Movies: Red Hill ***
Published 20/05/2011 | 05:00
Young Australian writer/director Patrick Hughes is clearly a lover of westerns, and you'll find echoes of everyone from John Ford to Sergio Leone in Red Hill.
Hughes, though, refers to the great westerns knowingly, and throws in a dash of slasher horror for good measure, creating a brisk and entertaining genre movie that never quite manages to become more than a sum of its parts.
Former Home and Away star Ryan Kwanten plays a baby-faced young police constable called Shane Cooper who relocates from the big city to the one-horse town of Red Hill so that his anxious wife can give birth to their first child in peace. Instead of a rural idyll, however, Cooper finds a tense and rather unfriendly town presided over by a gruff old bully of a sheriff called Old Bill (Steve Bisley). Bill and his deputies make fun of Cooper, who has somehow mislaid his service revolver, but when news breaks of an escape at a nearby prison they have bigger things to worry about.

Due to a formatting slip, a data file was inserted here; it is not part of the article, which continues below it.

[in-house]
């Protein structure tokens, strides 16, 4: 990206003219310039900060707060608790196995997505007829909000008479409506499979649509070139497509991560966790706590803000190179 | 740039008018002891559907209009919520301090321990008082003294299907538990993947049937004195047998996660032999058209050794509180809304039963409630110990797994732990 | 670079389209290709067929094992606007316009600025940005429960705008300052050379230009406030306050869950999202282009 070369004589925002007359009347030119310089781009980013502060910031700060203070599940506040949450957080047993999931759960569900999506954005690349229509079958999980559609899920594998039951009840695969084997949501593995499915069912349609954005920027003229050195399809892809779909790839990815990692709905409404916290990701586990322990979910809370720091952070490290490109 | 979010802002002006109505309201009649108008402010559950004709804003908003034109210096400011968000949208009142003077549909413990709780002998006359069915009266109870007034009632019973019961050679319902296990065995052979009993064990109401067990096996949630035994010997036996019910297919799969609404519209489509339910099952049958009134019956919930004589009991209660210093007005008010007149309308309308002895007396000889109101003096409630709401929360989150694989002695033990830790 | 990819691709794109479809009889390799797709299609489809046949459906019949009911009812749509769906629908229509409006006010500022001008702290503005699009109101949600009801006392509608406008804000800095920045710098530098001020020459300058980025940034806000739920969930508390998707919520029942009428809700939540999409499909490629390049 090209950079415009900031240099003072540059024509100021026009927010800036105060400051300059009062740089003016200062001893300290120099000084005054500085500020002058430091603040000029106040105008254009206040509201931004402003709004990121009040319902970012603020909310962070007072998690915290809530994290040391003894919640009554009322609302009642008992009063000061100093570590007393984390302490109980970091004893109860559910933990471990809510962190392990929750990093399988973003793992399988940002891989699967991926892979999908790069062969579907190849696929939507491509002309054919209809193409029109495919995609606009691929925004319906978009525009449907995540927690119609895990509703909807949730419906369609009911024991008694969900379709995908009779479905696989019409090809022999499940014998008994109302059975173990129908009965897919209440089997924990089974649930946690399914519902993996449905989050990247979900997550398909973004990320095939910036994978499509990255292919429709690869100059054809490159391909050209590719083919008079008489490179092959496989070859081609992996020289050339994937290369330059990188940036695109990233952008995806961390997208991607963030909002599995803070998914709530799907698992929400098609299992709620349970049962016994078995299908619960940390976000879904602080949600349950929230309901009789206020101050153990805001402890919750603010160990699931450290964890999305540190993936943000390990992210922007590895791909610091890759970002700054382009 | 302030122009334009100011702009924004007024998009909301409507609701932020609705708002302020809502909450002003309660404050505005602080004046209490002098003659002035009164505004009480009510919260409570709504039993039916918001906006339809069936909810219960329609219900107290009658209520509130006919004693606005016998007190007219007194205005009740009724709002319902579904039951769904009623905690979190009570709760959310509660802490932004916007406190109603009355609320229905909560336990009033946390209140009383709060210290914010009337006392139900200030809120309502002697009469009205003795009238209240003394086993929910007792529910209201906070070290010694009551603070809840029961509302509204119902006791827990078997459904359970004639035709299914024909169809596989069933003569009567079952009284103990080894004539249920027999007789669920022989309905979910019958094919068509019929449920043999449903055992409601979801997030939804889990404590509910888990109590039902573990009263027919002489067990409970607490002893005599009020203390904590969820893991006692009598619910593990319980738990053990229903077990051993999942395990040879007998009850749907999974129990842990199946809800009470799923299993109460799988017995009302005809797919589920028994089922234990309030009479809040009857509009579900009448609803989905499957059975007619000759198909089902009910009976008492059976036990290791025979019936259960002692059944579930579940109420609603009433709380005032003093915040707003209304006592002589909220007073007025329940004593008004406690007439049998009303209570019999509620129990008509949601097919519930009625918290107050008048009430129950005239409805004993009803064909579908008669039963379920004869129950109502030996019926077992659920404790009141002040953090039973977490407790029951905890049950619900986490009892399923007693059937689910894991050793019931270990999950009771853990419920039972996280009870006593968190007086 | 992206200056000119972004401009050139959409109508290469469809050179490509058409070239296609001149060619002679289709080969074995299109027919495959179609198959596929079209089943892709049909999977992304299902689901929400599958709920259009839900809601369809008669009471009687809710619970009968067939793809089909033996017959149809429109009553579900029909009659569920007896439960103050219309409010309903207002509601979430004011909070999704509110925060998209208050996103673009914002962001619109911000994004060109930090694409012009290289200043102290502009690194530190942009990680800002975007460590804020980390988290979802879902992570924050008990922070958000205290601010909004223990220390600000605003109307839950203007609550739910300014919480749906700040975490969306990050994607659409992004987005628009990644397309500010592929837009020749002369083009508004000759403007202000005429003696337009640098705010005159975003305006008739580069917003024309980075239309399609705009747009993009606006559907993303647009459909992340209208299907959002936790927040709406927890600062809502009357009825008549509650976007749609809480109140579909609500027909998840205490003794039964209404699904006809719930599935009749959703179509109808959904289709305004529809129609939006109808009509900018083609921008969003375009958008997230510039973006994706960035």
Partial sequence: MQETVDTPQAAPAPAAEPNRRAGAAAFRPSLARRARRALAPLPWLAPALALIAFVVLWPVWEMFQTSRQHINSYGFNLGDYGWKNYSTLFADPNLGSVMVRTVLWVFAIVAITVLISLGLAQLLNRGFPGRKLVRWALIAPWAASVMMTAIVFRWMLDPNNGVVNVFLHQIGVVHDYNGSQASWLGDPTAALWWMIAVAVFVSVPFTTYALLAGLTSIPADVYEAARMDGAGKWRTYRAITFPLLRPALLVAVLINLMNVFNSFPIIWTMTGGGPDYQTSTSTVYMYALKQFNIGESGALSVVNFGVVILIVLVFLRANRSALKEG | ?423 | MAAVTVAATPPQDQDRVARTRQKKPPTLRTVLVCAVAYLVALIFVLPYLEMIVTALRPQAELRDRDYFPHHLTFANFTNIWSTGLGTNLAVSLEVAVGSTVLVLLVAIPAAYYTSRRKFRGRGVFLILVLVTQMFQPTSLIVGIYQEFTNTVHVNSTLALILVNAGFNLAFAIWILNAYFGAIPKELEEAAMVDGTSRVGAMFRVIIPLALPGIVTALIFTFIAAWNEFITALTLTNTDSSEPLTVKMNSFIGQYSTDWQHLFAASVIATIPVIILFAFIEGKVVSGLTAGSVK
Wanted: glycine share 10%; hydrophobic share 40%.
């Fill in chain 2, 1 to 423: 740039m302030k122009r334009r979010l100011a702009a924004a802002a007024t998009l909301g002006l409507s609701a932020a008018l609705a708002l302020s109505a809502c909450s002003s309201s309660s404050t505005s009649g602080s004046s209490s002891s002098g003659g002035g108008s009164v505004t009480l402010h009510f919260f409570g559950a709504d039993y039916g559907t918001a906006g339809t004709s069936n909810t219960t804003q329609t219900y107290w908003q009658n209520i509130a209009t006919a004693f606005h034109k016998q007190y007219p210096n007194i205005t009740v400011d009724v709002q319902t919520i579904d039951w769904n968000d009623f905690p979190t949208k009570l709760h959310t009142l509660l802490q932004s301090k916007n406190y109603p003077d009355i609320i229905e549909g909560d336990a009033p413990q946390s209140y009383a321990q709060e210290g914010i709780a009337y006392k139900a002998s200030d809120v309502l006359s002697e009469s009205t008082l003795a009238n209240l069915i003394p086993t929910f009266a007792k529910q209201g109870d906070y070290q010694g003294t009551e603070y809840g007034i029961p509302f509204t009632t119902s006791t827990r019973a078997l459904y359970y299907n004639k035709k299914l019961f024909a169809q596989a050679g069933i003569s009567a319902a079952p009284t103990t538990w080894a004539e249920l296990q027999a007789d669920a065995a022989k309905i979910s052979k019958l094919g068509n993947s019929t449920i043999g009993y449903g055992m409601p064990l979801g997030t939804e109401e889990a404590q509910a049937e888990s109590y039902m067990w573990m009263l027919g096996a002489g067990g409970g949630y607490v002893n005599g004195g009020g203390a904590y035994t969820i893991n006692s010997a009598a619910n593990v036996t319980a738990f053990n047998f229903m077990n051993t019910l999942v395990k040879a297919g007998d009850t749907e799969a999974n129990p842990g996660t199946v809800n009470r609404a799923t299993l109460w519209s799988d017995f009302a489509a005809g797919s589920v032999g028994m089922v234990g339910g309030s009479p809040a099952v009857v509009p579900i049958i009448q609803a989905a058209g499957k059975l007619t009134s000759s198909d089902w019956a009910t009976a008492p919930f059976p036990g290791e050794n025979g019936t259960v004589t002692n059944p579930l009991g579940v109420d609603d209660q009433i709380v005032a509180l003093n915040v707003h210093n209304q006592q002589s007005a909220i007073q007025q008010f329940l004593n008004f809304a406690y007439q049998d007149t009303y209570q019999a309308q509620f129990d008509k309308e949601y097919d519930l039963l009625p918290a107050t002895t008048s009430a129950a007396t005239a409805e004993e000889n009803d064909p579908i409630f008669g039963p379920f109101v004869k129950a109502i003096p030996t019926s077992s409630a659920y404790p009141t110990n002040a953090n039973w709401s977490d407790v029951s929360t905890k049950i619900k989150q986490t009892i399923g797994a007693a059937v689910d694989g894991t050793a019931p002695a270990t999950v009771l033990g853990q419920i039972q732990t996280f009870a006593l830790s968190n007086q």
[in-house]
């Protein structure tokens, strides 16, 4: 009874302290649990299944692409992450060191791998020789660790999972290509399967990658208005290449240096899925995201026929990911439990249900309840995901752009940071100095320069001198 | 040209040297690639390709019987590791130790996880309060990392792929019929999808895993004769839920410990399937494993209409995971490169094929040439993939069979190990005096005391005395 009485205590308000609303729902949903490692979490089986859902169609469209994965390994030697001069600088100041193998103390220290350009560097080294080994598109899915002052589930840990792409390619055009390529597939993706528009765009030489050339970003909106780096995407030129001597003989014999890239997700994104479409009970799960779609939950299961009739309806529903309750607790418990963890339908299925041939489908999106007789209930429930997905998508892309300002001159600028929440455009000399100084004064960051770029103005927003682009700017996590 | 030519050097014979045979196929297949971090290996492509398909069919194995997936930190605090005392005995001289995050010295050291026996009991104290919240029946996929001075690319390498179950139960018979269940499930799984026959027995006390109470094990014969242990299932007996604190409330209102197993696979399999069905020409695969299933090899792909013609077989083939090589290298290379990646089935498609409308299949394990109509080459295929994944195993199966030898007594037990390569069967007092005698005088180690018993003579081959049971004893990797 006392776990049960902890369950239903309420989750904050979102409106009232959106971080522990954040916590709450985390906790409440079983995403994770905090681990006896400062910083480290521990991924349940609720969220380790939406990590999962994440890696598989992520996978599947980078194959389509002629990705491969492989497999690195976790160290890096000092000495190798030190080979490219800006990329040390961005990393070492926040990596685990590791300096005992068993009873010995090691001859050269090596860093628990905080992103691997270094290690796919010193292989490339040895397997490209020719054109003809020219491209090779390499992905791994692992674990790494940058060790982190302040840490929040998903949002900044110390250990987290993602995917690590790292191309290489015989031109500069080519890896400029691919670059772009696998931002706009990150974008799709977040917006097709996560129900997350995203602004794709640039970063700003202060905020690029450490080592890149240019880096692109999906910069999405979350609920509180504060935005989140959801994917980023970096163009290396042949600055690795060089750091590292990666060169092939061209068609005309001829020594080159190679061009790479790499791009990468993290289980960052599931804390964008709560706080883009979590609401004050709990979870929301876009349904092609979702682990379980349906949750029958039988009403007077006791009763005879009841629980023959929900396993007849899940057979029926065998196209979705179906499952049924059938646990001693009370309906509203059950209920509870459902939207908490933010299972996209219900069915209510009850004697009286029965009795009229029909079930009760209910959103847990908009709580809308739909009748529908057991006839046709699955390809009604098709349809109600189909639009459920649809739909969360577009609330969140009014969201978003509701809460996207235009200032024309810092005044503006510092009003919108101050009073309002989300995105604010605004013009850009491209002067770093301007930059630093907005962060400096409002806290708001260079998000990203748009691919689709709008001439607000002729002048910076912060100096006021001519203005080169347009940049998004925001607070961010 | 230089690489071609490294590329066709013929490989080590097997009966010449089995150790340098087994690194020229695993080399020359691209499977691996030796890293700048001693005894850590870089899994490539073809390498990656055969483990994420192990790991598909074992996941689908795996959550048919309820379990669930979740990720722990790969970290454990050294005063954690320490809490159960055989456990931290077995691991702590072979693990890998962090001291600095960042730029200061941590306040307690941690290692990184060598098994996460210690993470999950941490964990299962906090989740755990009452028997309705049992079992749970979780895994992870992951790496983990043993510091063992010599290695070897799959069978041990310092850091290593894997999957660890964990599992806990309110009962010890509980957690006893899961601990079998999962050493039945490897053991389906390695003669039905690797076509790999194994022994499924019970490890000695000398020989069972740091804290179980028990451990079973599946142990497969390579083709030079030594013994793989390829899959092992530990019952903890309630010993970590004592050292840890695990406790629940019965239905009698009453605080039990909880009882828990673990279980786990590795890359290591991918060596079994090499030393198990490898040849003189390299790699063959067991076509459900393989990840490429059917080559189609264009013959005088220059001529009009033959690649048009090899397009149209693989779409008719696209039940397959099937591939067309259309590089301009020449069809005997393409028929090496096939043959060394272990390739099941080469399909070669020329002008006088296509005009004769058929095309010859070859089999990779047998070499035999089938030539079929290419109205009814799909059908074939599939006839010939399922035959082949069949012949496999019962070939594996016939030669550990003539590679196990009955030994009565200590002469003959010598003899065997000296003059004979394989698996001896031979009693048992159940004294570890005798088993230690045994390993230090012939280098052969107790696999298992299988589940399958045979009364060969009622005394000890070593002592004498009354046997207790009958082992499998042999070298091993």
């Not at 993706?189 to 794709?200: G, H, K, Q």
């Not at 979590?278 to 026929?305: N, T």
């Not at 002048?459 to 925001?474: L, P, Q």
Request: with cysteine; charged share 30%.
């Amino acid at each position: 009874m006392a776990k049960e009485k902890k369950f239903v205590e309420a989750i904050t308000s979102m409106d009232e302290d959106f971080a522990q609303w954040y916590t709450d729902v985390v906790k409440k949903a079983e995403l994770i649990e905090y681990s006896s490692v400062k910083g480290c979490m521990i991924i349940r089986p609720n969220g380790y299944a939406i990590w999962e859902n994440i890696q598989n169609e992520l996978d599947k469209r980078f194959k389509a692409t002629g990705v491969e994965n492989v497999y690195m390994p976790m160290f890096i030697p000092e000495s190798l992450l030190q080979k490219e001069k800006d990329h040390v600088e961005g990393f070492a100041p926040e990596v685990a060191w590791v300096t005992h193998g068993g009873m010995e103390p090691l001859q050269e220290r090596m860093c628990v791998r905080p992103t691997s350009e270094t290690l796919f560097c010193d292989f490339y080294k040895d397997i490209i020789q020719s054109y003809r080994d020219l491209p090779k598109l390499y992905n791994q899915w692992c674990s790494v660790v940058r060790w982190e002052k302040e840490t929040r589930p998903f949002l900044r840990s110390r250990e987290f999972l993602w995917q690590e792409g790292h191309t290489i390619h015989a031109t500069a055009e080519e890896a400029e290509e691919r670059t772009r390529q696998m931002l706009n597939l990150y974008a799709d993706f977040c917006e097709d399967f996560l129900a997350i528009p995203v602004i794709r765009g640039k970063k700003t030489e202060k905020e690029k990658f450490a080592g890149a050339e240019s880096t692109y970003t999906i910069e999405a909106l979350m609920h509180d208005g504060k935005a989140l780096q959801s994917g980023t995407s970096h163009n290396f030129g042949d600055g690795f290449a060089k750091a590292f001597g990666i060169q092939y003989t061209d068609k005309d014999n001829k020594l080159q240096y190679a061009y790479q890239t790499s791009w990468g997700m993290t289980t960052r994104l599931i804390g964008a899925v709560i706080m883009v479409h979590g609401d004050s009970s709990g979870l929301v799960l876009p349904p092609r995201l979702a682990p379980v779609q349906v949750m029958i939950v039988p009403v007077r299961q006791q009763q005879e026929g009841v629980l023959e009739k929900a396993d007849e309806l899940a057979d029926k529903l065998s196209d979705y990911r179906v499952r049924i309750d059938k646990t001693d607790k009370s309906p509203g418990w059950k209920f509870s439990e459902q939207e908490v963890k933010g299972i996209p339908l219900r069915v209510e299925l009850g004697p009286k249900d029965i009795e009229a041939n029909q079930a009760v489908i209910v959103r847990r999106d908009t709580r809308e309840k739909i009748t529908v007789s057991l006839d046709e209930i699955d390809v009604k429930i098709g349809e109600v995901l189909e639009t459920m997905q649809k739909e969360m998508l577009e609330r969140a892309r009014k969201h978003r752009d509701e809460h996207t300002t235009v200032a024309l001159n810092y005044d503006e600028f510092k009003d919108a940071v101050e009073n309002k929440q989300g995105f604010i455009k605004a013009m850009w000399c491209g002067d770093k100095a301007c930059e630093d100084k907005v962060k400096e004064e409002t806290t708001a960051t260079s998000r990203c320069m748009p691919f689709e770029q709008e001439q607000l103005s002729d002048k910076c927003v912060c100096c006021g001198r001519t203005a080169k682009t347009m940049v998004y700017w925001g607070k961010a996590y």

An aboriginal man from the neighbourhood called Jimmy Conway (Tommy Lewis) is on the loose, and Bill is convinced he'll return to Red Hill to wreck the place. Jimmy was convicted of murdering his wife, but no one will tell poor Cooper any more than that, and when Conway gallops into town the young deputy will be directly in the line of fire.
It's all very High Noon, and Patrick Hughes does a fine job of drawing out the tension -- and his not especially complex storyline. The addition of a disfigured villain who is not prone to conversation makes the film feel a bit like Friday the 13th -- The Western, but none of this detracts from its enjoyment, and Mr Hughes has an eye for composition that makes Red Hill a little more than merely a derivative in-joke.
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